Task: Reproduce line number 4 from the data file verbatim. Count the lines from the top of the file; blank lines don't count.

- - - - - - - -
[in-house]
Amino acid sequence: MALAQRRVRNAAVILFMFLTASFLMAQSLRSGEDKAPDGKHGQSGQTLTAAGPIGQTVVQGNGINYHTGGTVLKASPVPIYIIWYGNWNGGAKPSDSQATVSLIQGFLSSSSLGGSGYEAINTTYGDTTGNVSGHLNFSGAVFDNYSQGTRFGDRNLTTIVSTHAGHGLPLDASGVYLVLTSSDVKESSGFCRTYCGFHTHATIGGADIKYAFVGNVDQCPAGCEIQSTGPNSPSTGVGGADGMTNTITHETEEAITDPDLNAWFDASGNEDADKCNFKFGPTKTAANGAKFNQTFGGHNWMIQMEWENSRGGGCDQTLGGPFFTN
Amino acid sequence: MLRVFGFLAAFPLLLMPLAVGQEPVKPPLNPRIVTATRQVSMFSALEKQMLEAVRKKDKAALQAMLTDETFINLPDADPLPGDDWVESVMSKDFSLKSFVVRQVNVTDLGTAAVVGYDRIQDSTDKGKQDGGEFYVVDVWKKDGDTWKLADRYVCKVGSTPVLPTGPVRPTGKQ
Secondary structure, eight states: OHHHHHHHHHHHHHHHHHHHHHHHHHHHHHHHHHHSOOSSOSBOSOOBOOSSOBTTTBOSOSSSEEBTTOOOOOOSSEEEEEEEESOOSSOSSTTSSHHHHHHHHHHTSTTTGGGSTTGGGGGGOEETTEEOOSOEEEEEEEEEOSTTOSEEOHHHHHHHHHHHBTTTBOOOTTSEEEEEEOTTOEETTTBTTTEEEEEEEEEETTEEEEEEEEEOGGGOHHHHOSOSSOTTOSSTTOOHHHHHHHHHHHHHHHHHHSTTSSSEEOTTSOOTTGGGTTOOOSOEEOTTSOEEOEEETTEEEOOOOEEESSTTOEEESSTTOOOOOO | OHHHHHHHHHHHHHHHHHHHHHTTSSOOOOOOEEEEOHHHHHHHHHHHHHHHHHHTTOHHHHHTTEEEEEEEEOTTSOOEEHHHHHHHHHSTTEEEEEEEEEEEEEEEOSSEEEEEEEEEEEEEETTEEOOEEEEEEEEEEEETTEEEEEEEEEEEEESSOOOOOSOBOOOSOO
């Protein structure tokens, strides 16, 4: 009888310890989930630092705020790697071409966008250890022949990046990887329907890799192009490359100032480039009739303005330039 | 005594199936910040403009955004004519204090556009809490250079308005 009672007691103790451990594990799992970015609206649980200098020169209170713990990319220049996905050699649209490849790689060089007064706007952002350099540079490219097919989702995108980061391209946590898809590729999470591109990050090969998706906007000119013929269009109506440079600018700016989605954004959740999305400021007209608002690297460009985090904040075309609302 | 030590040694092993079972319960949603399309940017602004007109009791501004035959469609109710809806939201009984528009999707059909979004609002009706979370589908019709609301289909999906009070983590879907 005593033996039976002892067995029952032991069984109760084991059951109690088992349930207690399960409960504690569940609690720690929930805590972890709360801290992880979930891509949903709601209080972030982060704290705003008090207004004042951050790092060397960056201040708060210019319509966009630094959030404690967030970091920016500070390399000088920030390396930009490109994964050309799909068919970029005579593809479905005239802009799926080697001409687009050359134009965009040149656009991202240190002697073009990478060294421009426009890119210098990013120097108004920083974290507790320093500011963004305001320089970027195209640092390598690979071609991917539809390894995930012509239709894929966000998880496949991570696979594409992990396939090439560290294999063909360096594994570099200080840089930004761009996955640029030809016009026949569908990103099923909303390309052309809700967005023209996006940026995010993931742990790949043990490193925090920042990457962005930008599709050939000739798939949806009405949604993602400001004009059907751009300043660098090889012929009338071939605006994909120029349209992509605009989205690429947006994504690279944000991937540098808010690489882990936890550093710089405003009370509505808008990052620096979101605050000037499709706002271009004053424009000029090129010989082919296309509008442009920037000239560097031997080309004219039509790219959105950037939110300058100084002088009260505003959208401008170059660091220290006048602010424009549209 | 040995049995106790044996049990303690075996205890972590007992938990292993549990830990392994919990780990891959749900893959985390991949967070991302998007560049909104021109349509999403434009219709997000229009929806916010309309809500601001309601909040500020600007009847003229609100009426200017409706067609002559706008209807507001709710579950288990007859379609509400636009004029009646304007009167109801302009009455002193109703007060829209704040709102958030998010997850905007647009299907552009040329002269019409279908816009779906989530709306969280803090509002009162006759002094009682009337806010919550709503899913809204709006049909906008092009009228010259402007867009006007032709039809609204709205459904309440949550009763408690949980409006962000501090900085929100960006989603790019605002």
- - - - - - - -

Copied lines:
Secondary structure, eight states: OHHHHHHHHHHHHHHHHHHHHHHHHHHHHHHHHHHSOOSSOSBOSOOBOOSSOBTTTBOSOSSSEEBTTOOOOOOSSEEEEEEEESOOSSOSSTTSSHHHHHHHHHHTSTTTGGGSTTGGGGGGOEETTEEOOSOEEEEEEEEEOSTTOSEEOHHHHHHHHHHHBTTTBOOOTTSEEEEEEOTTOEETTTBTTTEEEEEEEEEETTEEEEEEEEEOGGGOHHHHOSOSSOTTOSSTTOOHHHHHHHHHHHHHHHHHHSTTSSSEEOTTSOOTTGGGTTOOOSOEEOTTSOEEOEEETTEEEOOOOEEESSTTOEEESSTTOOOOOO | OHHHHHHHHHHHHHHHHHHHHHTTSSOOOOOOEEEEOHHHHHHHHHHHHHHHHHHTTOHHHHHTTEEEEEEEEOTTSOOEEHHHHHHHHHSTTEEEEEEEEEEEEEEEOSSEEEEEEEEEEEEEETTEEOOEEEEEEEEEEEETTEEEEEEEEEEEEESSOOOOOSOBOOOSOO